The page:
Guilty pleasure admission: I actually liked both Maverick movies. It’s hard not to like, possibly admire, the skill and confidence of the character of Maverick, of all the fighter pilots and not to forget Kelly McGillis’ character. Do you have a favourite from the movies?
They certainly prove their skill. And who wouldn’t want highly skilled and confident pilots. Yet it’s that level of confidence, meshed with capability, that contributes to making it challenging to lead and manage.
Have you got a Maverick in your team? I’m currently dealing with one and so I thought I would explore this with you. I’d love to know your thoughts on this. How have you handled your Maverick? What worked, what didn’t?
Image Source: Foxtel
Within every organisation, leaders aspire to construct high-performing teams that collaborate seamlessly to achieve shared objectives. Nevertheless, the equilibrium of a team can be disrupted when a high-achieving employee stands out as a lone wolf, often referred to as the “maverick high performer.” These individuals bring undeniable advantages to the table, but their absence of teamwork, of being a team player, generates both positive and negative implications. Let’s explore some of the pros and cons of having a high-performing employee who is not a team player and tips for how to effectively manage them.
The most conspicuous advantage of having a maverick high performer is the significant boost in productivity they bring. These individuals usually possess exceptional skills and are propelled by an unwavering pursuit of excellence in their work. Their capacity to yield results can lead to enhanced output and often (but not always) efficiency within the organisation.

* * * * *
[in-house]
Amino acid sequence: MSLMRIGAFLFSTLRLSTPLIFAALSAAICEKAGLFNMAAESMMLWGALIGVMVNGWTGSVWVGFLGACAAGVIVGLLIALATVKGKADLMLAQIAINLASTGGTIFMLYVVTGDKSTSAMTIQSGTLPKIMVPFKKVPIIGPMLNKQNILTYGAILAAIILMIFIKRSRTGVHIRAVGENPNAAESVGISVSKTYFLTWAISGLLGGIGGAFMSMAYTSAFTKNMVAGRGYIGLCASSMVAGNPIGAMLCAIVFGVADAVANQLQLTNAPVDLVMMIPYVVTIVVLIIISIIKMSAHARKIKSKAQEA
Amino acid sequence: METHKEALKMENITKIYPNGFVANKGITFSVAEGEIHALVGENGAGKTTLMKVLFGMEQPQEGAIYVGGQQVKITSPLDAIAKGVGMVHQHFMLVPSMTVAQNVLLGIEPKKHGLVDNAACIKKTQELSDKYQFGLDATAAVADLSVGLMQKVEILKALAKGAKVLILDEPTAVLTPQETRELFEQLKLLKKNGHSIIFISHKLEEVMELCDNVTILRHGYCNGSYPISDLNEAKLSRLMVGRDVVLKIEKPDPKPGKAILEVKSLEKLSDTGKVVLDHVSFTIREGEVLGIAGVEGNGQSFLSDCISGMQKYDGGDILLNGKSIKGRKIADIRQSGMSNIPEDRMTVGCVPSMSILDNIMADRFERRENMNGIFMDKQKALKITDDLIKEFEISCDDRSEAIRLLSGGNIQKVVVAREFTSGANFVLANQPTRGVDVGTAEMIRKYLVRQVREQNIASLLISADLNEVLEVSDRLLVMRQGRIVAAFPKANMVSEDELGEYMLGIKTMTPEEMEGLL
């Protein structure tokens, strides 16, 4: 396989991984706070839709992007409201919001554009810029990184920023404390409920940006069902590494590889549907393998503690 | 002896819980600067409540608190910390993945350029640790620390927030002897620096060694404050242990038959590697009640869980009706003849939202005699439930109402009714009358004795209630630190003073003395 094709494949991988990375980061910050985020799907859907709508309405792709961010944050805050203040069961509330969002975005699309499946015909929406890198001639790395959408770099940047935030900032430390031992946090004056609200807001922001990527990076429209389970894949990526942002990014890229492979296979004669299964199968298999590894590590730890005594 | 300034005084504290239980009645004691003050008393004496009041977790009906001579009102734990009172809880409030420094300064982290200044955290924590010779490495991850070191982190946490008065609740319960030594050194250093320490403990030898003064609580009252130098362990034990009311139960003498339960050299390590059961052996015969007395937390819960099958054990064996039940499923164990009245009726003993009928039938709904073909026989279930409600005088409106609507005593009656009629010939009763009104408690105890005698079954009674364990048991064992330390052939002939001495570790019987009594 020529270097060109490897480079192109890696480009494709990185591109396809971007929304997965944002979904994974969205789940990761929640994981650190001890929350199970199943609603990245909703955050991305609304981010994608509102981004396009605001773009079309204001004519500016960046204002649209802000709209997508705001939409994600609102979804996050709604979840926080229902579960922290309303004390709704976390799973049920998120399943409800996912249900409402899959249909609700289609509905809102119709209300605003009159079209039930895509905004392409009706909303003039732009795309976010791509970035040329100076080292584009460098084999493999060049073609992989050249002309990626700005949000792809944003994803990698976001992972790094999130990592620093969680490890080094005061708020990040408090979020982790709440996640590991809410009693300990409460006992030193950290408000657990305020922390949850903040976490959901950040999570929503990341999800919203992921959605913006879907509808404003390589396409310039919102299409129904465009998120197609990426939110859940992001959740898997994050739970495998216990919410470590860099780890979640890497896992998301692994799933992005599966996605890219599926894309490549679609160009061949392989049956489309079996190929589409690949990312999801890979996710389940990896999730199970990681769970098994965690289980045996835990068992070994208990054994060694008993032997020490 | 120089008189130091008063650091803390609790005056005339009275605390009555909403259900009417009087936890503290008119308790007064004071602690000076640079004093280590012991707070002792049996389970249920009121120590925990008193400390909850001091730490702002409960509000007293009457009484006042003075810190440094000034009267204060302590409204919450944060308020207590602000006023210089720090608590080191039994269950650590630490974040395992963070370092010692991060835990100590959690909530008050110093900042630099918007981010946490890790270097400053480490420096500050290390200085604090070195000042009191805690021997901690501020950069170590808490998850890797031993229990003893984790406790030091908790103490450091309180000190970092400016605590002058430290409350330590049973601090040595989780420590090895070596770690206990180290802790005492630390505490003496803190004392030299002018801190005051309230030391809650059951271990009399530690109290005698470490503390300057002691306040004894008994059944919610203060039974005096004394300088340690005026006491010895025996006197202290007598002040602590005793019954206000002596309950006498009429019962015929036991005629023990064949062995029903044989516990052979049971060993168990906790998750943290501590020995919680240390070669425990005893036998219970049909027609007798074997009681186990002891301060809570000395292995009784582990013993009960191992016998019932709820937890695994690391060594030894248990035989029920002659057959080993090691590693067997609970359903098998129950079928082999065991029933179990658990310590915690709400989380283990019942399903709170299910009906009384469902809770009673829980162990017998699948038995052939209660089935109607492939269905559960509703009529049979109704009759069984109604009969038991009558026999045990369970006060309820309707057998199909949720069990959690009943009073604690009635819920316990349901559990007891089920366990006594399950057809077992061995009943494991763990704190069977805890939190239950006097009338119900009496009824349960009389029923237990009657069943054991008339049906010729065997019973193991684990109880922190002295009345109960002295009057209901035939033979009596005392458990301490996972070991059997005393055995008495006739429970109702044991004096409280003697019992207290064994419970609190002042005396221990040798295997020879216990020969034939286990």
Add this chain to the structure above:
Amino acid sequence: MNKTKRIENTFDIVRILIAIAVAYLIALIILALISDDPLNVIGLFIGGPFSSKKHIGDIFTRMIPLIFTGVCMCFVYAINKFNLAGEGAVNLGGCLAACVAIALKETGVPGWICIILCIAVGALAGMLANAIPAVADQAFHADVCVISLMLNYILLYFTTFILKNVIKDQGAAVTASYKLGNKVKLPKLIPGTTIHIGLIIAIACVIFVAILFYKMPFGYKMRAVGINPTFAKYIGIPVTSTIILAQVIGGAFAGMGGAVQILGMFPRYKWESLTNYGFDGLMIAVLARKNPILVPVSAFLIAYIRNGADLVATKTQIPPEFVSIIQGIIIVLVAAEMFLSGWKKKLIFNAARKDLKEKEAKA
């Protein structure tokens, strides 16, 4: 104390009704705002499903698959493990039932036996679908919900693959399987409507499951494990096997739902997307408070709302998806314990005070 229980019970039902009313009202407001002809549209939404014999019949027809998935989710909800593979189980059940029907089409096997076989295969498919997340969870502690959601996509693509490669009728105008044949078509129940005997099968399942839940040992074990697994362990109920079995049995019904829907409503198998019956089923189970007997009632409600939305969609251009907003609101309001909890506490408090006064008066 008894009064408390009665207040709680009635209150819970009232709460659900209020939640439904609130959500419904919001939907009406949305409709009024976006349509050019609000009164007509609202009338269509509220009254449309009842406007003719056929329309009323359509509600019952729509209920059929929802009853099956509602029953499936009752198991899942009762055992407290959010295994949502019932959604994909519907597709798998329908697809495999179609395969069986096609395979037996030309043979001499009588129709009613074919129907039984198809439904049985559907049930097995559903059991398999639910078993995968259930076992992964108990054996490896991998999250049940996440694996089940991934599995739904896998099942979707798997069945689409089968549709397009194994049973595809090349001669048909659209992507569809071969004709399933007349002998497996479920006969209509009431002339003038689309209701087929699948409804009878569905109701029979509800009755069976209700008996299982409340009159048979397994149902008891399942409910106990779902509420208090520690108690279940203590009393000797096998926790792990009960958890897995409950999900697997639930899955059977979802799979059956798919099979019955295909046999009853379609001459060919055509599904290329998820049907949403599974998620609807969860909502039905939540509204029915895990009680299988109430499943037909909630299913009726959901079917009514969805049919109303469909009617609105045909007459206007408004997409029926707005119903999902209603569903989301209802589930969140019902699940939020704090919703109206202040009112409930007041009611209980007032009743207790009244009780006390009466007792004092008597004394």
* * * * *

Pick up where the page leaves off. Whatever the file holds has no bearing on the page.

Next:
Innovation and Problem Solving:
Maverick high performers are generally innovative thinkers who approach challenges from distinct angles. Their independent disposition can yield groundbreaking innovations and solutions that might not have materialised in a more conventional team setting. Their determination to excel can incite the entire team to think beyond established boundaries.
Motivation for Others:
A high-performing employee can act as a role model for the team, motivating others to elevate their performance. Observing someone consistently excel can inspire team members to stretch their own limits and attain more, ultimately benefiting the entire organisation.
Maverick high performers are often known for their decisiveness. Their ability to take quick and informed decisions can be a significant asset, especially in situations where a swift response is essential. This agility can give the organisation a competitive edge and help it adapt to rapidly changing circumstances.
Efficient Resource Allocation:
These individuals tend to be efficient resource managers. They focus on what truly matters, optimising their time and efforts to achieve exceptional results. This efficiency can lead to cost savings and better resource allocation within the organisation.
Exposure to Best Practices:
Maverick high performers often stay updated with the latest industry trends and best practices. Their pursuit of excellence drives them to seek out and adopt innovative approaches. This exposure can bring fresh ideas and methodologies to the organisation, enhancing its overall competitiveness.
All those positives are contextual because there are some downsides to the impact of the Maverick on the work, team and organisation…
Disruption of Team Dynamics:
One of the most significant drawbacks of a maverick high performer is the disruption they can cause to team dynamics. Their reluctance to collaborate and share knowledge can breed resentment among colleagues. A cohesive team can rapidly dissolve into a collection of individuals working in isolation, impeding the overall effectiveness of the team.
Effective communication is the cornerstone of any successful team. When a high performer declines to engage with their teammates, it can result in misunderstandings, missed opportunities, and a lack of unity. This can lead to frustration, decreased morale, and even project failures.